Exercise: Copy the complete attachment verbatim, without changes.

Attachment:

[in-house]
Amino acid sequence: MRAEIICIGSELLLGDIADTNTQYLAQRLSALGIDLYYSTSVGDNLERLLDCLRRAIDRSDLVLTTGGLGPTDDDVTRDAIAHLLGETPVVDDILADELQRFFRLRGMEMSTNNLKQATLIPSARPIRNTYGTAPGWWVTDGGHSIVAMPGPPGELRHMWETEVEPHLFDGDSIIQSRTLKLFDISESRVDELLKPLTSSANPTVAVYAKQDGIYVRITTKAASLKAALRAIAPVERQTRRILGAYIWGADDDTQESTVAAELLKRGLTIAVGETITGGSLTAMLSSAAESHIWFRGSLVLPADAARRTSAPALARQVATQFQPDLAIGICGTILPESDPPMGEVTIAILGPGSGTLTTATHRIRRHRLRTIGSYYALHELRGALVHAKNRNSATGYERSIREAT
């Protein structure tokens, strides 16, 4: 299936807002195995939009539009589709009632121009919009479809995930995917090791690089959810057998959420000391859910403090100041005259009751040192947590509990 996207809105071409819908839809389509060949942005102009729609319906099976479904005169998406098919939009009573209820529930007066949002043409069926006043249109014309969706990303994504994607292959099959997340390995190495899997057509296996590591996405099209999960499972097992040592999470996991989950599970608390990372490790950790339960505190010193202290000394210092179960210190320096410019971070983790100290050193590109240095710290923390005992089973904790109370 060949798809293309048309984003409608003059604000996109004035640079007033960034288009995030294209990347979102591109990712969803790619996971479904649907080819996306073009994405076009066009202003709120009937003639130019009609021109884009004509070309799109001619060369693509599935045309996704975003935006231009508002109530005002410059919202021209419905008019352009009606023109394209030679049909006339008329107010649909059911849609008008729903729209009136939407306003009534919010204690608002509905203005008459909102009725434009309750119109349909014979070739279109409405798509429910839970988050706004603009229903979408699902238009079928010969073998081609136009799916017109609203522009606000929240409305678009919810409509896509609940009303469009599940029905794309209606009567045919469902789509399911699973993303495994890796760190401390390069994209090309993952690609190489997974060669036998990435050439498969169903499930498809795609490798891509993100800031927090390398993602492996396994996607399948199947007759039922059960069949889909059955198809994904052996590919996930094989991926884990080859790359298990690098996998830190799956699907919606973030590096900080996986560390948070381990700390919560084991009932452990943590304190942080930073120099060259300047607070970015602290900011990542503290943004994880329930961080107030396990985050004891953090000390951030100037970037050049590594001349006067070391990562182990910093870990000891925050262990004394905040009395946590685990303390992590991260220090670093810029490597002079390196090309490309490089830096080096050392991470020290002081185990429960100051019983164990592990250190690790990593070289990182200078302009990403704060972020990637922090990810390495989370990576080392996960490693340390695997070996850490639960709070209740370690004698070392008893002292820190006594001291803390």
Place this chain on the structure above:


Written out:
[in-house]
Amino acid sequence: MRAEIICIGSELLLGDIADTNTQYLAQRLSALGIDLYYSTSVGDNLERLLDCLRRAIDRSDLVLTTGGLGPTDDDVTRDAIAHLLGETPVVDDILADELQRFFRLRGMEMSTNNLKQATLIPSARPIRNTYGTAPGWWVTDGGHSIVAMPGPPGELRHMWETEVEPHLFDGDSIIQSRTLKLFDISESRVDELLKPLTSSANPTVAVYAKQDGIYVRITTKAASLKAALRAIAPVERQTRRILGAYIWGADDDTQESTVAAELLKRGLTIAVGETITGGSLTAMLSSAAESHIWFRGSLVLPADAARRTSAPALARQVATQFQPDLAIGICGTILPESDPPMGEVTIAILGPGSGTLTTATHRIRRHRLRTIGSYYALHELRGALVHAKNRNSATGYERSIREAT
């Protein structure tokens, strides 16, 4: 299936807002195995939009539009589709009632121009919009479809995930995917090791690089959810057998959420000391859910403090100041005259009751040192947590509990 996207809105071409819908839809389509060949942005102009729609319906099976479904005169998406098919939009009573209820529930007066949002043409069926006043249109014309969706990303994504994607292959099959997340390995190495899997057509296996590591996405099209999960499972097992040592999470996991989950599970608390990372490790950790339960505190010193202290000394210092179960210190320096410019971070983790100290050193590109240095710290923390005992089973904790109370 060949798809293309048309984003409608003059604000996109004035640079007033960034288009995030294209990347979102591109990712969803790619996971479904649907080819996306073009994405076009066009202003709120009937003639130019009609021109884009004509070309799109001619060369693509599935045309996704975003935006231009508002109530005002410059919202021209419905008019352009009606023109394209030679049909006339008329107010649909059911849609008008729903729209009136939407306003009534919010204690608002509905203005008459909102009725434009309750119109349909014979070739279109409405798509429910839970988050706004603009229903979408699902238009079928010969073998081609136009799916017109609203522009606000929240409305678009919810409509896509609940009303469009599940029905794309209606009567045919469902789509399911699973993303495994890796760190401390390069994209090309993952690609190489997974060669036998990435050439498969169903499930498809795609490798891509993100800031927090390398993602492996396994996607399948199947007759039922059960069949889909059955198809994904052996590919996930094989991926884990080859790359298990690098996998830190799956699907919606973030590096900080996986560390948070381990700390919560084991009932452990943590304190942080930073120099060259300047607070970015602290900011990542503290943004994880329930961080107030396990985050004891953090000390951030100037970037050049590594001349006067070391990562182990910093870990000891925050262990004394905040009395946590685990303390992590991260220090670093810029490597002079390196090309490309490089830096080096050392991470020290002081185990429960100051019983164990592990250190690790990593070289990182200078302009990403704060972020990637922090990810390495989370990576080392996960490693340390695997070996850490639960709070209740370690004698070392008893002292820190006594001291803390």
Place this chain on the structure above: